After the third time, I said:  "Look.  I'm doing what you asked me to do.  If you don't like it, then don't accept the offer, but stop being rude to me."  I left without buying anything.

If you do ask for an offer and get one you don't like, then politely counter-offer.  You don't have to accept the offer just because they made it, but use it as a starting point to work towards a price you can live with.  Yard sales are about bargaining and bartering.

Then, after that person leaves, get busy and price the rest of your stuff, like you should have done in the first place!  Keep playing MMAO all day and you're going to sell less stuff, become increasingly frustrated, and generally waste your time.  Not to mention pissing off everyone who comes in your yard.

3. Start on time!

That means “have the yard all set up and everything out ready to sell at the time you advertised.” It doesn’t mean “start hauling boxes out of the house at the time you advertised.” If you’re not willing to do what it takes to be ready when the first customer arrives, then don’t bother.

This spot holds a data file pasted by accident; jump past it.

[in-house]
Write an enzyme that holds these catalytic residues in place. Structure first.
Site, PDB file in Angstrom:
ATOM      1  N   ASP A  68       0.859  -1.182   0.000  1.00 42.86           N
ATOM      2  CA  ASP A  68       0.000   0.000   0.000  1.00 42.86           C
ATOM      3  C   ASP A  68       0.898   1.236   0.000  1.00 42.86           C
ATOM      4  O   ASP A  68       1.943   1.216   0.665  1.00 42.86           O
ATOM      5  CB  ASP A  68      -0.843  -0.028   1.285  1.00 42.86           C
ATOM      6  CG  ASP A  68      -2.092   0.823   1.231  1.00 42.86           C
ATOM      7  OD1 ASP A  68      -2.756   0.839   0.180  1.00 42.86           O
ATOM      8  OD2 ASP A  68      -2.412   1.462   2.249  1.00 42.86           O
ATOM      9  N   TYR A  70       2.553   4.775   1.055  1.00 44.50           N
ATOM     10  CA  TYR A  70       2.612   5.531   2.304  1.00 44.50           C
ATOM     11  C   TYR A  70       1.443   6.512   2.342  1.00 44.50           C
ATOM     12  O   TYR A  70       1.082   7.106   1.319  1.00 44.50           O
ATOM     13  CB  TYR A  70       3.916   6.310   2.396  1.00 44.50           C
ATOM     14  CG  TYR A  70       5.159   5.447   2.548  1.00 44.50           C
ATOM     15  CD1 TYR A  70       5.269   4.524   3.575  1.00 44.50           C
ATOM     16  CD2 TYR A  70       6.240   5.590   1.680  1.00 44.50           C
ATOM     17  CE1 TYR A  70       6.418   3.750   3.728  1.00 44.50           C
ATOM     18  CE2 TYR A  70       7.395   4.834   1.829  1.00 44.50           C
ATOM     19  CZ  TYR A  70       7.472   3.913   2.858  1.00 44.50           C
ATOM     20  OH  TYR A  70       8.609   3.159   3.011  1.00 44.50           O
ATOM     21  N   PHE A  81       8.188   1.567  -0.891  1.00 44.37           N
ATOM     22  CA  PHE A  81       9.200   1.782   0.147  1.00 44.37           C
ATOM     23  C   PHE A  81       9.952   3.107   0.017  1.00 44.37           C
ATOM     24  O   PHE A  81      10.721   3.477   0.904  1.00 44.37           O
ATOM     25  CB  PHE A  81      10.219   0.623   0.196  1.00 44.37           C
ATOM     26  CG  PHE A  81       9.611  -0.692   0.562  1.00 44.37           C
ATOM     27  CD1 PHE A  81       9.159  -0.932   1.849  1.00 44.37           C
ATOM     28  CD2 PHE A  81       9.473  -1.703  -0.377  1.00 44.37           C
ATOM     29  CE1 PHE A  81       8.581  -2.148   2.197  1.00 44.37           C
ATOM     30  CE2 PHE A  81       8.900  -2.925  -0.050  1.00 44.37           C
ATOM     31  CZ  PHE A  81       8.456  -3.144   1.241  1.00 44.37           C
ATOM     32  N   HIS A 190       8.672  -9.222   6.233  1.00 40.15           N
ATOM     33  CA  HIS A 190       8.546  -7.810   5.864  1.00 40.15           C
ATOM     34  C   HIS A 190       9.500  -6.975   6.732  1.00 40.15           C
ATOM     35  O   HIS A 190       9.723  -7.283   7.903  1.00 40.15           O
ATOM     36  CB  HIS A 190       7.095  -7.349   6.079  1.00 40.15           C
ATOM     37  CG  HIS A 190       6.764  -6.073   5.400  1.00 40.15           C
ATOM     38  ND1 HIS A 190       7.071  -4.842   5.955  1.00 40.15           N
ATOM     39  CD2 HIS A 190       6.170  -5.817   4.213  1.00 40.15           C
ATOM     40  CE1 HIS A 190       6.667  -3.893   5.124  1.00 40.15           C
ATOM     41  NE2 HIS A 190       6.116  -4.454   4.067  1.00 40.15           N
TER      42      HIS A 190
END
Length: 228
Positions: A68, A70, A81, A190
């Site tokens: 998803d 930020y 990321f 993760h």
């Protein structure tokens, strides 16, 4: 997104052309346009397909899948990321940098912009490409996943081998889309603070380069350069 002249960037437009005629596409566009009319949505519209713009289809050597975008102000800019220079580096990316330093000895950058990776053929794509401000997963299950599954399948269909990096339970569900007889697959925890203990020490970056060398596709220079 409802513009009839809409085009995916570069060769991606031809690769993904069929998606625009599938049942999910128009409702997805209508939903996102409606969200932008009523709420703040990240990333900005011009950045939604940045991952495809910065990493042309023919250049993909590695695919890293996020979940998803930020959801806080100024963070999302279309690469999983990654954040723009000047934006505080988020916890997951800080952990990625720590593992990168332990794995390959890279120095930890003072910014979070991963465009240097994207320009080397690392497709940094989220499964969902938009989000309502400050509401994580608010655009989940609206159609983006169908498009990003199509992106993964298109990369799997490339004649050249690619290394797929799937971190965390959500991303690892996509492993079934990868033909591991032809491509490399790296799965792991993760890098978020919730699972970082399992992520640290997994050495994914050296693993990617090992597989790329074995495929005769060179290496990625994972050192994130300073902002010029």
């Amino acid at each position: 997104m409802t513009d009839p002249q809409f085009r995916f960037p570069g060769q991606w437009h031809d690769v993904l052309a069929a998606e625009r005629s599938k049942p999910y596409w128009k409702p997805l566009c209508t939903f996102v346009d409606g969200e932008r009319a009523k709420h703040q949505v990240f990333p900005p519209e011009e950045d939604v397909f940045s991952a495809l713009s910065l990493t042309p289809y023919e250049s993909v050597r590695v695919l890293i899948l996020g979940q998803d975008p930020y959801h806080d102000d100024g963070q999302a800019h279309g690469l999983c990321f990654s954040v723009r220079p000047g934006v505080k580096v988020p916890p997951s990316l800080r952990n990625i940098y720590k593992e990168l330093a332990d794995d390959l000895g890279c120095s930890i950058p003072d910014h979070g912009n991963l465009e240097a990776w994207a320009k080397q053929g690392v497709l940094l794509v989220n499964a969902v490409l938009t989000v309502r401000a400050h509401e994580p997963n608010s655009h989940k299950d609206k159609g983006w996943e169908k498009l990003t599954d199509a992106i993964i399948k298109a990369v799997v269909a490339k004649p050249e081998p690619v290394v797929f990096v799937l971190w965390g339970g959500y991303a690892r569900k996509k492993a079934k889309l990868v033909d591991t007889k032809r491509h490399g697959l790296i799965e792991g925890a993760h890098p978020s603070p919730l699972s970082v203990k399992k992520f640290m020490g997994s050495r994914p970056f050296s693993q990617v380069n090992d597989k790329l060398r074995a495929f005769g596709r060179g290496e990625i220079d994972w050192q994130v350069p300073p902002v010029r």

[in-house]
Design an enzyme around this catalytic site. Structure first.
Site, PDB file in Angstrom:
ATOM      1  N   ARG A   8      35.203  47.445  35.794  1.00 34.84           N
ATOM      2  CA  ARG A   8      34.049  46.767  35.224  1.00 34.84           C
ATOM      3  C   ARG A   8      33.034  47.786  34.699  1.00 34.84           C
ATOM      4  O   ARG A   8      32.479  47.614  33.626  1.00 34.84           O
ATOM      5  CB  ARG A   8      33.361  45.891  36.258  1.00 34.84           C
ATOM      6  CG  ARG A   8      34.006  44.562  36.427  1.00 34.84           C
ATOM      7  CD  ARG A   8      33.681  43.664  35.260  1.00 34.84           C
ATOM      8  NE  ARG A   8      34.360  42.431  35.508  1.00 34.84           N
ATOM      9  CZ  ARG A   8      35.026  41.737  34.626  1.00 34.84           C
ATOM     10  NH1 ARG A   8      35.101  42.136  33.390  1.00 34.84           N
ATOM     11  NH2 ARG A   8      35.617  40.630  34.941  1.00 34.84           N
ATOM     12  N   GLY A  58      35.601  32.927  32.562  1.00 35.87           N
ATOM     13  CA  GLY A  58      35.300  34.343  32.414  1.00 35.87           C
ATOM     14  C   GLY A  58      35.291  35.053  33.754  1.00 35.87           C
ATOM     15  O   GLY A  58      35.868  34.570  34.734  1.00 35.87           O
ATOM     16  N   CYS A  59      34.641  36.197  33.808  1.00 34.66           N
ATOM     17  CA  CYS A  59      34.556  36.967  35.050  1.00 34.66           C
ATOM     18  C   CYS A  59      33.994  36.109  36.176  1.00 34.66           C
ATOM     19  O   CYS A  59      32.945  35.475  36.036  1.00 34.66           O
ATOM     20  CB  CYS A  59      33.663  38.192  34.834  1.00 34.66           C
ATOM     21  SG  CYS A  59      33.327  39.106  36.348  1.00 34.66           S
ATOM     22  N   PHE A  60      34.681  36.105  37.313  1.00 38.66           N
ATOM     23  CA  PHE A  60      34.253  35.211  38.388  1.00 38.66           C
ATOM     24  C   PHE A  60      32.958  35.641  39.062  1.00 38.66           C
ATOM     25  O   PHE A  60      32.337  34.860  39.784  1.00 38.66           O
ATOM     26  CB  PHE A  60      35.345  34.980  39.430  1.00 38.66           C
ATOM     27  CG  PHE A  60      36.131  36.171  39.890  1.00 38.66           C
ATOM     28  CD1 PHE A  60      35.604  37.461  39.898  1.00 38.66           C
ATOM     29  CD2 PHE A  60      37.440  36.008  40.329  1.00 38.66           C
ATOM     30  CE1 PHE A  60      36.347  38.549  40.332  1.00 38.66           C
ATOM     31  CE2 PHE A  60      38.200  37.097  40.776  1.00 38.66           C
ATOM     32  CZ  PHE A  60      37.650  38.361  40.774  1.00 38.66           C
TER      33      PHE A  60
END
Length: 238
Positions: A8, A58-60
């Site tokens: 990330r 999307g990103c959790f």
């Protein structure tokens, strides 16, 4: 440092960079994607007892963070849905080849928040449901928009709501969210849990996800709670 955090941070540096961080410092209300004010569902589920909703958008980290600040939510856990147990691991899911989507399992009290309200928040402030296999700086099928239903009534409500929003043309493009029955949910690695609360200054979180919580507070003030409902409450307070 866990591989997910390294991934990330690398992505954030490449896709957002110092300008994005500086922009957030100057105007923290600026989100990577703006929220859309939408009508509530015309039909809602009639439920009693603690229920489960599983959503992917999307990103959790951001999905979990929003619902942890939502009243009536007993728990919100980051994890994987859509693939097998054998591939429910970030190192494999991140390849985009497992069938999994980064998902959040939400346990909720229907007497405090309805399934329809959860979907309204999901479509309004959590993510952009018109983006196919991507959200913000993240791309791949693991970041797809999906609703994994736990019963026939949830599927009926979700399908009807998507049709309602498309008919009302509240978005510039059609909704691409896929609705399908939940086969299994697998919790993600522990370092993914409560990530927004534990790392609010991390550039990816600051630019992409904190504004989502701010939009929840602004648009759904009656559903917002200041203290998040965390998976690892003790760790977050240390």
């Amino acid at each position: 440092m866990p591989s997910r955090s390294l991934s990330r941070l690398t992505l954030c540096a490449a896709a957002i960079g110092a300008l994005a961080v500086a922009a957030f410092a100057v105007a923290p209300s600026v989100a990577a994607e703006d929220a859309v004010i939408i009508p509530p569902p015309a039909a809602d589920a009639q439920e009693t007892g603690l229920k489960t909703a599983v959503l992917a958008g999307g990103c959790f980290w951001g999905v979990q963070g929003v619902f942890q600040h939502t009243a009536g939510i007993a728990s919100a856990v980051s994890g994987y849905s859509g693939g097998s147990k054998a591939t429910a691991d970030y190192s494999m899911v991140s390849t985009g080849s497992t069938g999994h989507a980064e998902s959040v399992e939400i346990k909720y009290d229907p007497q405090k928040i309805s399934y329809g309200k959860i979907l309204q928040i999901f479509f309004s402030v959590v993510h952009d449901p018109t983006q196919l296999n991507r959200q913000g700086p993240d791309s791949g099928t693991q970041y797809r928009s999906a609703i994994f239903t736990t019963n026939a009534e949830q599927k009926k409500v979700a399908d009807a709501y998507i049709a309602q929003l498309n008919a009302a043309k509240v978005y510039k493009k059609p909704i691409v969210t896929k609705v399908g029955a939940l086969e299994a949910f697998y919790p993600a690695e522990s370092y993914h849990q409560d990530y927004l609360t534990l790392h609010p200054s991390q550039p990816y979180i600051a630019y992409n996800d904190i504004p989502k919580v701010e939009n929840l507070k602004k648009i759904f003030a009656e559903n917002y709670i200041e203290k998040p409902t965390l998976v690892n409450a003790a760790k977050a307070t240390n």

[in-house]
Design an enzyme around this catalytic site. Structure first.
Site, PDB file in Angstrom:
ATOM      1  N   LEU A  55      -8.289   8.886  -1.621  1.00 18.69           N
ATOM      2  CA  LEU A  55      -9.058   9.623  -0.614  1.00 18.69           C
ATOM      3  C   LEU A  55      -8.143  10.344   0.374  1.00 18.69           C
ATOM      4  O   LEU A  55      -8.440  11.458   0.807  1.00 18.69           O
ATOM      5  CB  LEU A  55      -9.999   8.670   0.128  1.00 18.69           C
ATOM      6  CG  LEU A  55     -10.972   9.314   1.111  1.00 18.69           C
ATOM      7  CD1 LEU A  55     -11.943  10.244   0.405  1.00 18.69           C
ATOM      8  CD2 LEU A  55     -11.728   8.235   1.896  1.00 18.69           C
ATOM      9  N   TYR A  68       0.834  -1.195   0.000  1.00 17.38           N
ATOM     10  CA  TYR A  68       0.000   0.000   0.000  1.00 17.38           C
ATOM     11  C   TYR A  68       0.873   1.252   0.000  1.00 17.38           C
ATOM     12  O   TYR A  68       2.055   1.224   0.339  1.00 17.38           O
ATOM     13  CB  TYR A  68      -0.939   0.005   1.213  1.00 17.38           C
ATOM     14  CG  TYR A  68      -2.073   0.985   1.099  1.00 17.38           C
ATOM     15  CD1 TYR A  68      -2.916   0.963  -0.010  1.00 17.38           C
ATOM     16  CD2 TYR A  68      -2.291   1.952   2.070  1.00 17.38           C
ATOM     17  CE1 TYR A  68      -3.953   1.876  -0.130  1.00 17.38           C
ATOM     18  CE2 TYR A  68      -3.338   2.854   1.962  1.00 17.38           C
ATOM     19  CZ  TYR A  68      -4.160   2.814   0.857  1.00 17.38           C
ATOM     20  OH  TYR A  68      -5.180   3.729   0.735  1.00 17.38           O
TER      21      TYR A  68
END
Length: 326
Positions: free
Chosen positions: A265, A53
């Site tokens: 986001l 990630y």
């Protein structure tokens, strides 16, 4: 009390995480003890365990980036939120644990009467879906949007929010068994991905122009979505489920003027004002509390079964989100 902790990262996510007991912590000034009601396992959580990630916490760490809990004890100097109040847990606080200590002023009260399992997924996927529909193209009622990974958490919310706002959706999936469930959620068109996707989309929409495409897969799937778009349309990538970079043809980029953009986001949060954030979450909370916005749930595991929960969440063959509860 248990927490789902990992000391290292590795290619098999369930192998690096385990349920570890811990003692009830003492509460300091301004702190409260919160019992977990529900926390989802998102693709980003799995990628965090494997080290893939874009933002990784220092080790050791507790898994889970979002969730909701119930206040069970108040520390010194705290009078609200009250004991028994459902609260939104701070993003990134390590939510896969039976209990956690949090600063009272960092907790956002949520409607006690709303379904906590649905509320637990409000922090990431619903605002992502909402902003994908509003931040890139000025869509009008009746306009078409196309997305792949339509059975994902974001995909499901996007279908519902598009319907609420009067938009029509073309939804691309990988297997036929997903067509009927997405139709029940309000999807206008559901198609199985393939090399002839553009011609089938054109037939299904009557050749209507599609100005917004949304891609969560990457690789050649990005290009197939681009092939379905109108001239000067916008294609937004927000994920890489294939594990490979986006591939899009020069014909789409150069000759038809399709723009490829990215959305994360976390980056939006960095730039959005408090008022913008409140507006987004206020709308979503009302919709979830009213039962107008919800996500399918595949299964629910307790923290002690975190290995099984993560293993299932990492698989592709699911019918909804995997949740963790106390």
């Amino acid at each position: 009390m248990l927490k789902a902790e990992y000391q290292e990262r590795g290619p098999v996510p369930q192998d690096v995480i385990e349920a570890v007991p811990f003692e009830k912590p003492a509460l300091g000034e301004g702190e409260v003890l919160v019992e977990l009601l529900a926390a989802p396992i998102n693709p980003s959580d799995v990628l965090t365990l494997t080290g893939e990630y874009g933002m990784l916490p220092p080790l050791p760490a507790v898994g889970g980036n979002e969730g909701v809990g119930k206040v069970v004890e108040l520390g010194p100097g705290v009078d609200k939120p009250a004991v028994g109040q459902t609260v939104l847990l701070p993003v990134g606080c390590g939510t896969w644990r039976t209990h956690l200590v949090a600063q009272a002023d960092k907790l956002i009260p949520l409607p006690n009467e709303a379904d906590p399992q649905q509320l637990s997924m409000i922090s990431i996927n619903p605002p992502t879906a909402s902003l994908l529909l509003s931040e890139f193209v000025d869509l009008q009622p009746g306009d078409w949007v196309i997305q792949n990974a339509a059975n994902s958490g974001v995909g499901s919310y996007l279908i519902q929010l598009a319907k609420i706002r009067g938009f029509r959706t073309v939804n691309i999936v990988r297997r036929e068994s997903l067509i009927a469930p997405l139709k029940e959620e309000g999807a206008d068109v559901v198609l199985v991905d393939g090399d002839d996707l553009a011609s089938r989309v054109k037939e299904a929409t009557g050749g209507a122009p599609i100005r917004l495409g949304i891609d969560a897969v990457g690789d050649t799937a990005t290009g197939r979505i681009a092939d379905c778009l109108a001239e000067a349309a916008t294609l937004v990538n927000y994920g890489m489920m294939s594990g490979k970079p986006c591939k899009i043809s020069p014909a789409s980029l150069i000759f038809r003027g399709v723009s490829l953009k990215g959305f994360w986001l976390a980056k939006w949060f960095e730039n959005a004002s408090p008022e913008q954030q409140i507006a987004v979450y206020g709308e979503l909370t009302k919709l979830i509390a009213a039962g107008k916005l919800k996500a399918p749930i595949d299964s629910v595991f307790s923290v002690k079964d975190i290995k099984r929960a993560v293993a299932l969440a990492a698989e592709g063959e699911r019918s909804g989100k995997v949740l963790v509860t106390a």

Yard sales start early. That means you need to start even earlier. How much earlier depends on how much stuff you have to set up. One year, I spent the night at the house where we hold our sales so that it would be easier for more than one person to be there when we needed to start setting up. We had a TON of stuff that year, but we were ready to go at 8 AM.

Yes, getting up before dawn on a Saturday to set crap up is hard. No one said this was easy. See point one.

4. Early birds are a fact of life.

It doesn’t matter how largely and clearly you post your hours. It doesn’t matter how many times you say “No Early Birds!” in your ad. There are going to be people showing up early, especially if you have lots of unique or specialty items for sale (see below). Just expect them and decide in advance how you want to deal with them.

There’s no hard and fast rule that I know of for doing this. Some factors to consider:

  • Early birds do have money, which you want
  • They’re also annoying and time-consuming, which you don’t want.